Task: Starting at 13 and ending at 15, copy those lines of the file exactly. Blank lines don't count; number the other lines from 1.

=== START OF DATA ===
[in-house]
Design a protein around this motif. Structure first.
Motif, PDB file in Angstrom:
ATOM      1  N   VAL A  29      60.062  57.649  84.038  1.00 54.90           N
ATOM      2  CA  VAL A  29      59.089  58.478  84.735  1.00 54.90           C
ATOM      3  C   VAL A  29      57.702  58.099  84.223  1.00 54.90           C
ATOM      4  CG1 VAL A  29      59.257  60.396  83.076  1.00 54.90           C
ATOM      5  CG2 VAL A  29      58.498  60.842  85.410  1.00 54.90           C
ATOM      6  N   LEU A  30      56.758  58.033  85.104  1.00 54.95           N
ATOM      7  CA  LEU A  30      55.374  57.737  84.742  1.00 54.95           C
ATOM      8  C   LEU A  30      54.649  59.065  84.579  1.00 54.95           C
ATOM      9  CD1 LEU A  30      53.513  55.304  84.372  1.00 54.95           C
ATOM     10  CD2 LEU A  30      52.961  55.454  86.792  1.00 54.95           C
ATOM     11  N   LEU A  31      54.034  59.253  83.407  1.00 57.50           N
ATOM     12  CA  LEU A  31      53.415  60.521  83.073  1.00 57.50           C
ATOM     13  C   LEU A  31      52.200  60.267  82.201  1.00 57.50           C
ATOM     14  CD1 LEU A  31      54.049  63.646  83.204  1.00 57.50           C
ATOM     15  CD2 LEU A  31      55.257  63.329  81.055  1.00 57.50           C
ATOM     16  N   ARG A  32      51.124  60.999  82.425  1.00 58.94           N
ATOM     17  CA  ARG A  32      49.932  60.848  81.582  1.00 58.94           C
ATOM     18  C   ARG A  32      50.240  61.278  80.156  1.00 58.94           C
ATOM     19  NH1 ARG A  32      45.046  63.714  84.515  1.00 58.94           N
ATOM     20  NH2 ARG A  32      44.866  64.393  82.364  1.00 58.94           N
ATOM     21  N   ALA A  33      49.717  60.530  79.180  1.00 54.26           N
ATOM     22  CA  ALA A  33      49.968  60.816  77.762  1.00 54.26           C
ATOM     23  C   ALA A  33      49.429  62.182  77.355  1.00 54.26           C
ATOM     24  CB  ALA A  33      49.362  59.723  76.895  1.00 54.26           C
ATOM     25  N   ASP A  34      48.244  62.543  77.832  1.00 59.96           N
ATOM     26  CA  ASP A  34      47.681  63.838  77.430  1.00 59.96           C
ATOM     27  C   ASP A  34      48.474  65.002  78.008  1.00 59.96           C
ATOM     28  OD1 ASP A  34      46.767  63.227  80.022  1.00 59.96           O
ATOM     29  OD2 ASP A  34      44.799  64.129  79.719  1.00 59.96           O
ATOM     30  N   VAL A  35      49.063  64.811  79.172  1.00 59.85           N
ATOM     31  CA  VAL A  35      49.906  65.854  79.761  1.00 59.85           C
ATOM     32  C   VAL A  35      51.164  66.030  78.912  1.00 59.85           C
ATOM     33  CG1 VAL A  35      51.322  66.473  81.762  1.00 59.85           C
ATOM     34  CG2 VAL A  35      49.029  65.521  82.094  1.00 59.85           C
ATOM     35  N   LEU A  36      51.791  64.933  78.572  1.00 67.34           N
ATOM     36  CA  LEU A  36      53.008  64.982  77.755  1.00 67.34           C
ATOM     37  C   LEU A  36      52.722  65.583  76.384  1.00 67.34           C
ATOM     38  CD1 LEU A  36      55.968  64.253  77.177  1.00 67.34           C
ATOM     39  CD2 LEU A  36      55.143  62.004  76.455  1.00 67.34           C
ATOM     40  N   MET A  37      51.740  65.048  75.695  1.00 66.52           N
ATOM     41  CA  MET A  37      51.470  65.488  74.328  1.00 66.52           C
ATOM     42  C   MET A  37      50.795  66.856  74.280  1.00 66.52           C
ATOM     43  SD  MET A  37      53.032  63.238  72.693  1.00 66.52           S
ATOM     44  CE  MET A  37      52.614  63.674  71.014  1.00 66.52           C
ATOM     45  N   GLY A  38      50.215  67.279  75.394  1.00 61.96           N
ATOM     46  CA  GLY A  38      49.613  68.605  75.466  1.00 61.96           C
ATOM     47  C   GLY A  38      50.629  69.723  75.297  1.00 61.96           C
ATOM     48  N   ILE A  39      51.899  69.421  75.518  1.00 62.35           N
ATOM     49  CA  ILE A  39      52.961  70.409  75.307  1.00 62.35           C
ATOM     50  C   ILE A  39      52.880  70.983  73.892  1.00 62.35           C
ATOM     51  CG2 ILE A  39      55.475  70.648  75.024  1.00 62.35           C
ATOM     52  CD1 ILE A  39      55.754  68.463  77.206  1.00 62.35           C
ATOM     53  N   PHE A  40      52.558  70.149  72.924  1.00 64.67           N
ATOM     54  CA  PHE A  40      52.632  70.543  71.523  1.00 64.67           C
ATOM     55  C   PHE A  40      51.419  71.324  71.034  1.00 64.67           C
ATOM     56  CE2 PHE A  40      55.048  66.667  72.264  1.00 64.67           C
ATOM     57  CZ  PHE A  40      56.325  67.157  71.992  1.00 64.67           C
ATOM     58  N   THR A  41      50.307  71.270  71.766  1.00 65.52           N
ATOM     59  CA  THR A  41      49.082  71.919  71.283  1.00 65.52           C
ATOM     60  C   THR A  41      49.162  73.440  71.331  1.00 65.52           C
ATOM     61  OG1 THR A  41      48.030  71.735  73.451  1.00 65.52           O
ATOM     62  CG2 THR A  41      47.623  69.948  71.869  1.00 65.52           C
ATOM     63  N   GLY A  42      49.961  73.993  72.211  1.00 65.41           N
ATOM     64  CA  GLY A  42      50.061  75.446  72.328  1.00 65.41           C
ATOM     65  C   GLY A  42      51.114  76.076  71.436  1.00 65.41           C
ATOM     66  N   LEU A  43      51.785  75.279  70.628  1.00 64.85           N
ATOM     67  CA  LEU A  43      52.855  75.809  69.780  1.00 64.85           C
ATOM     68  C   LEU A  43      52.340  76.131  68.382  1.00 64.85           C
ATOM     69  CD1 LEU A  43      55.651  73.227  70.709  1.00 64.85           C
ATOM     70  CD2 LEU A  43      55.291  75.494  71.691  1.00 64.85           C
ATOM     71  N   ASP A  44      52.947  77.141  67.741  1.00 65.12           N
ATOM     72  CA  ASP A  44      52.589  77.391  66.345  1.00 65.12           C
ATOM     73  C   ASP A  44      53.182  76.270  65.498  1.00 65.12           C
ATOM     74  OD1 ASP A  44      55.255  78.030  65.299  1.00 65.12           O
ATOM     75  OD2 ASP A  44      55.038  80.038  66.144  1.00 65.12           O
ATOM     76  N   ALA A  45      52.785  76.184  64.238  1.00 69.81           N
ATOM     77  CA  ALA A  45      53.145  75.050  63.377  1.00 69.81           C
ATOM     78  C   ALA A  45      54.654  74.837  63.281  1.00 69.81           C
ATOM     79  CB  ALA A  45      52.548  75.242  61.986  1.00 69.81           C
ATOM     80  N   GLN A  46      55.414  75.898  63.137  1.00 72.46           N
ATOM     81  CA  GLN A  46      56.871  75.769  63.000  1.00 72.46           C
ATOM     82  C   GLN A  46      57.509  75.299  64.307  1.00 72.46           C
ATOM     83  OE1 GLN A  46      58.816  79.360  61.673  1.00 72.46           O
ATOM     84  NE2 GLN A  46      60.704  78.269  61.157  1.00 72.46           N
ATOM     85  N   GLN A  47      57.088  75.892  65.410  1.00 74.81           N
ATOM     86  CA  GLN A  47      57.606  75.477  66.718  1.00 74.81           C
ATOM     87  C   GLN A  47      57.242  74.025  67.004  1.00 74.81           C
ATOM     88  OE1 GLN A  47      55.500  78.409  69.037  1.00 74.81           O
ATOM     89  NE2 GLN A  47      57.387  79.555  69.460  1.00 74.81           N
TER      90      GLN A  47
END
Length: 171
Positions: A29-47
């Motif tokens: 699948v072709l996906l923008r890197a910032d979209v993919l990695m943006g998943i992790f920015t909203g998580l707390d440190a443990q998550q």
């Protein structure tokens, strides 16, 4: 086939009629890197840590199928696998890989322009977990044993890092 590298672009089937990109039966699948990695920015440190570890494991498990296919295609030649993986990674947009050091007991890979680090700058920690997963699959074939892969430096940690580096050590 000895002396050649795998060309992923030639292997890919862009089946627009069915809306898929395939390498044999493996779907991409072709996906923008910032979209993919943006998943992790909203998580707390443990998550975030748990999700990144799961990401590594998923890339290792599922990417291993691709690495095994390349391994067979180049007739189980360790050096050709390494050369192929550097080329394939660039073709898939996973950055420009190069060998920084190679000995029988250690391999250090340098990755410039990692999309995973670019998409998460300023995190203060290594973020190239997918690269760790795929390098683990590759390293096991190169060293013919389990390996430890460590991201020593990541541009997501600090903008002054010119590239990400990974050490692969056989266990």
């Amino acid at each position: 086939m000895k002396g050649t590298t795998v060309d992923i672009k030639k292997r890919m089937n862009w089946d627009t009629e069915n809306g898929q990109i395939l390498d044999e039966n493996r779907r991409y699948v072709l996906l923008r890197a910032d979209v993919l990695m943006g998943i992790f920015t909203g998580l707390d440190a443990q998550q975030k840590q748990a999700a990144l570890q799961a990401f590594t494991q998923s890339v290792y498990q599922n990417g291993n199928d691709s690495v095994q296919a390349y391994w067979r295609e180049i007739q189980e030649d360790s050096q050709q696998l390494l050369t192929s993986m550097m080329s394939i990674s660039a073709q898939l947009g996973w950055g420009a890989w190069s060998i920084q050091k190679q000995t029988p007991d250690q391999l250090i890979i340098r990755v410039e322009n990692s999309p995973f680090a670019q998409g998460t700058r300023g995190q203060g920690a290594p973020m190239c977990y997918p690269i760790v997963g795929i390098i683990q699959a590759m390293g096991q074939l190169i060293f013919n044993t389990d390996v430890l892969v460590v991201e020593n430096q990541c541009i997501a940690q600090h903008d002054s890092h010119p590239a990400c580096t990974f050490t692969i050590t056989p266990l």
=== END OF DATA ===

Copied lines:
ATOM     10  CD2 LEU A  30      52.961  55.454  86.792  1.00 54.95           C
ATOM     11  N   LEU A  31      54.034  59.253  83.407  1.00 57.50           N
ATOM     12  CA  LEU A  31      53.415  60.521  83.073  1.00 57.50           C